Full disclosure: I was raised for several years as a JW but departed the religion at a young age (14) when I screwed up the courage to inform my parents and the elders that I was an atheist.

  18. Max Fagin

    Also (continuing to play devils advocate) the fact that practice X SOMETIMES causes harm is not necessarily an argument that practice X is wholly illegitimate.

    You could probably find somewhere in the medical literature a few cases where a legitimate medical practice (chemotherapy, for example) actually did more harm than good. But these isolated cases do not indicate that chemotherapy is psudoscience. Similarly, I think a paranormalist would argue that the collection at whatstheharm.net does not weaken their case.

    Again, I think that paranormalists ARE incorrect, but I think that pointing out that their actions sometimes cause harm is not the correct way to demonstrate the error of paranormal claims.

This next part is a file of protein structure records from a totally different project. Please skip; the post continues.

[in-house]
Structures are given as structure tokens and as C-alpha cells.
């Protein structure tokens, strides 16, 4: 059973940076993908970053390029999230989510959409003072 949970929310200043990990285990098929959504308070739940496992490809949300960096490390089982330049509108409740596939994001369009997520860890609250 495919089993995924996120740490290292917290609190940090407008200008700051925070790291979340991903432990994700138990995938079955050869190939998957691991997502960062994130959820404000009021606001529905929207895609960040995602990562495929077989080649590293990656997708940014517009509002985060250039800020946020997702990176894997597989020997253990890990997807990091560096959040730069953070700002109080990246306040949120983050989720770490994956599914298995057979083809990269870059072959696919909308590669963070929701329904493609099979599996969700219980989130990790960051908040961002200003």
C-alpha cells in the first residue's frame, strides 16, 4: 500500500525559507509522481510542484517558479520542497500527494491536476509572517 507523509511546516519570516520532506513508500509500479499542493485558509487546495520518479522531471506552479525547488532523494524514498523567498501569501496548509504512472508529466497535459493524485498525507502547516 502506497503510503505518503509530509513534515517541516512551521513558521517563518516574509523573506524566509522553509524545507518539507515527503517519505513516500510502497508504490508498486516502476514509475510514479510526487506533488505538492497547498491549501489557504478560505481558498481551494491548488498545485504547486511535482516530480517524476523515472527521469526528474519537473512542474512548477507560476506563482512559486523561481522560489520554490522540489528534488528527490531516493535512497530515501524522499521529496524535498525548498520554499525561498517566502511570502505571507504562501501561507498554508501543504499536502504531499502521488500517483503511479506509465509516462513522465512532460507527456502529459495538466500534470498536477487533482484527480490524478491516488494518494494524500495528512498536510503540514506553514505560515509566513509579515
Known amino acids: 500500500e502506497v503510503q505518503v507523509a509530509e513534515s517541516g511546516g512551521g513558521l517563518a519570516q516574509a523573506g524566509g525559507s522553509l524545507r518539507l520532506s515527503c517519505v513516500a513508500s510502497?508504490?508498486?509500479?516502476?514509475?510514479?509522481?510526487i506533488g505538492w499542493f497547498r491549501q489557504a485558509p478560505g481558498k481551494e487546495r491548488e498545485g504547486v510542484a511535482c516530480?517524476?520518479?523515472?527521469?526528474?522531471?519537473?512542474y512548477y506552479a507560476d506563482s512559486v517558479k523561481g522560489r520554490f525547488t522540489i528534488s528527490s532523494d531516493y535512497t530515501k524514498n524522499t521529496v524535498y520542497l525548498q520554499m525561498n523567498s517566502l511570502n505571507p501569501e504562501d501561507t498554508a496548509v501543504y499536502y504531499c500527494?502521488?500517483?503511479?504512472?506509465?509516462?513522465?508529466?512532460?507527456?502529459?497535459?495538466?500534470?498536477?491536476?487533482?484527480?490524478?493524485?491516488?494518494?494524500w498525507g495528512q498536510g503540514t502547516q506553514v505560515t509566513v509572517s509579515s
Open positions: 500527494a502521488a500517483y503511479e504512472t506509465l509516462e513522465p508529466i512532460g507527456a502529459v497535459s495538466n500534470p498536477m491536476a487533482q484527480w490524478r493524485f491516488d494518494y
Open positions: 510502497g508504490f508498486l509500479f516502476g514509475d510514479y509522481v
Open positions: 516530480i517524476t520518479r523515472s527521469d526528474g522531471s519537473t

19. Radwaste

    “The fact that they did not is a testament to thousands of software engineers and programmers around the world (myself and my wife included) that worked their collective rear ends off to fix the issues before the deadline.”

    Thank you. The Federal Government even switched to PC architecture from Apple in time to cost you a couple million tax dollars where I work (Savannah River Site). It also took years to convert all the regulatory-level documents, which had to be correct to the last character. Yippee.

    And the Pentium 100 that’s running our smart air-conditioning plant is still running, untouched. Way to promote hysteria.

  20. Ian

    Re: the comments about alternate medicine,